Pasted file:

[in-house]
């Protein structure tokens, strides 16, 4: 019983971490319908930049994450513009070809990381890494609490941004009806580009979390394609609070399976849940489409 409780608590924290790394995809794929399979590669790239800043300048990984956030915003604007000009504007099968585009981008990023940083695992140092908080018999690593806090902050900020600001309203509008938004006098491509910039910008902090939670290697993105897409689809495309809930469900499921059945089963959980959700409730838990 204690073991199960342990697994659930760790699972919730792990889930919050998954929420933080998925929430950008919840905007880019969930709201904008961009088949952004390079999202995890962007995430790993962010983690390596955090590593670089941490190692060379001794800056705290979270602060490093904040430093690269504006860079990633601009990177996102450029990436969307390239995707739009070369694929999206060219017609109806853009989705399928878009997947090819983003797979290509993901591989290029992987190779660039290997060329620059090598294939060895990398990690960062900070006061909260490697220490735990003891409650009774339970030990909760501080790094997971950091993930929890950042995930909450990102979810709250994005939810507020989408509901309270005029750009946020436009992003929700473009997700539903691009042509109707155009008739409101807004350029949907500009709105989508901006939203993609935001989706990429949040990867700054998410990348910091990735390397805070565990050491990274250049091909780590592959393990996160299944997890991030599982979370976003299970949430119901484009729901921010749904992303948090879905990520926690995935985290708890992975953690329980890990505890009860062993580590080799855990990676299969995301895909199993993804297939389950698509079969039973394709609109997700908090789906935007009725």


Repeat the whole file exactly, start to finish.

[in-house]
């Protein structure tokens, strides 16, 4: 019983971490319908930049994450513009070809990381890494609490941004009806580009979390394609609070399976849940489409 409780608590924290790394995809794929399979590669790239800043300048990984956030915003604007000009504007099968585009981008990023940083695992140092908080018999690593806090902050900020600001309203509008938004006098491509910039910008902090939670290697993105897409689809495309809930469900499921059945089963959980959700409730838990 204690073991199960342990697994659930760790699972919730792990889930919050998954929420933080998925929430950008919840905007880019969930709201904008961009088949952004390079999202995890962007995430790993962010983690390596955090590593670089941490190692060379001794800056705290979270602060490093904040430093690269504006860079990633601009990177996102450029990436969307390239995707739009070369694929999206060219017609109806853009989705399928878009997947090819983003797979290509993901591989290029992987190779660039290997060329620059090598294939060895990398990690960062900070006061909260490697220490735990003891409650009774339970030990909760501080790094997971950091993930929890950042995930909450990102979810709250994005939810507020989408509901309270005029750009946020436009992003929700473009997700539903691009042509109707155009008739409101807004350029949907500009709105989508901006939203993609935001989706990429949040990867700054998410990348910091990735390397805070565990050491990274250049091909780590592959393990996160299944997890991030599982979370976003299970949430119901484009729901921010749904992303948090879905990520926690995935985290708890992975953690329980890990505890009860062993580590080799855990990676299969995301895909199993993804297939389950698509079969039973394709609109997700908090789906935007009725």